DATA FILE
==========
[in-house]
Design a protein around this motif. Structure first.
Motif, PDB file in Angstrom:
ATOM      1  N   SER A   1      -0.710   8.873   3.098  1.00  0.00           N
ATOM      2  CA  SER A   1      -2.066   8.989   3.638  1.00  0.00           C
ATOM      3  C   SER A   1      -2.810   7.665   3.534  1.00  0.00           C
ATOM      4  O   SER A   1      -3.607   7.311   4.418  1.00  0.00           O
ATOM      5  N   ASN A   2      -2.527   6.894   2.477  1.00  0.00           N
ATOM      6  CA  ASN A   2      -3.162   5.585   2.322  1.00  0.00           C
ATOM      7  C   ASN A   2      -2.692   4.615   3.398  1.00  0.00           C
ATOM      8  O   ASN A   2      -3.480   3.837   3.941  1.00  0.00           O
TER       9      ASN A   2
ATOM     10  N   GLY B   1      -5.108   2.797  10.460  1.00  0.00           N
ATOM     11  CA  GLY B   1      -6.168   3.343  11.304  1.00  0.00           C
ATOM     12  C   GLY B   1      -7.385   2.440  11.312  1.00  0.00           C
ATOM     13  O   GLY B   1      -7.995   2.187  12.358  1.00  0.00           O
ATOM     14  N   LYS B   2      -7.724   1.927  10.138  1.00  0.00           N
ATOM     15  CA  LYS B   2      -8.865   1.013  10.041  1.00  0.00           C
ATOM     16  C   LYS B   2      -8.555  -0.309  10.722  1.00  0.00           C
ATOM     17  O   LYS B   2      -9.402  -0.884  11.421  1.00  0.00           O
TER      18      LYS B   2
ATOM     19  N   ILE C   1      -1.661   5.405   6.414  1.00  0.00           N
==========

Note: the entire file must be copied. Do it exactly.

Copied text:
[in-house]
Design a protein around this motif. Structure first.
Motif, PDB file in Angstrom:
ATOM      1  N   SER A   1      -0.710   8.873   3.098  1.00  0.00           N
ATOM      2  CA  SER A   1      -2.066   8.989   3.638  1.00  0.00           C
ATOM      3  C   SER A   1      -2.810   7.665   3.534  1.00  0.00           C
ATOM      4  O   SER A   1      -3.607   7.311   4.418  1.00  0.00           O
ATOM      5  N   ASN A   2      -2.527   6.894   2.477  1.00  0.00           N
ATOM      6  CA  ASN A   2      -3.162   5.585   2.322  1.00  0.00           C
ATOM      7  C   ASN A   2      -2.692   4.615   3.398  1.00  0.00           C
ATOM      8  O   ASN A   2      -3.480   3.837   3.941  1.00  0.00           O
TER       9      ASN A   2
ATOM     10  N   GLY B   1      -5.108   2.797  10.460  1.00  0.00           N
ATOM     11  CA  GLY B   1      -6.168   3.343  11.304  1.00  0.00           C
ATOM     12  C   GLY B   1      -7.385   2.440  11.312  1.00  0.00           C
ATOM     13  O   GLY B   1      -7.995   2.187  12.358  1.00  0.00           O
ATOM     14  N   LYS B   2      -7.724   1.927  10.138  1.00  0.00           N
ATOM     15  CA  LYS B   2      -8.865   1.013  10.041  1.00  0.00           C
ATOM     16  C   LYS B   2      -8.555  -0.309  10.722  1.00  0.00           C
ATOM     17  O   LYS B   2      -9.402  -0.884  11.421  1.00  0.00           O
TER      18      LYS B   2
ATOM     19  N   ILE C   1      -1.661   5.405   6.414  1.00  0.00           N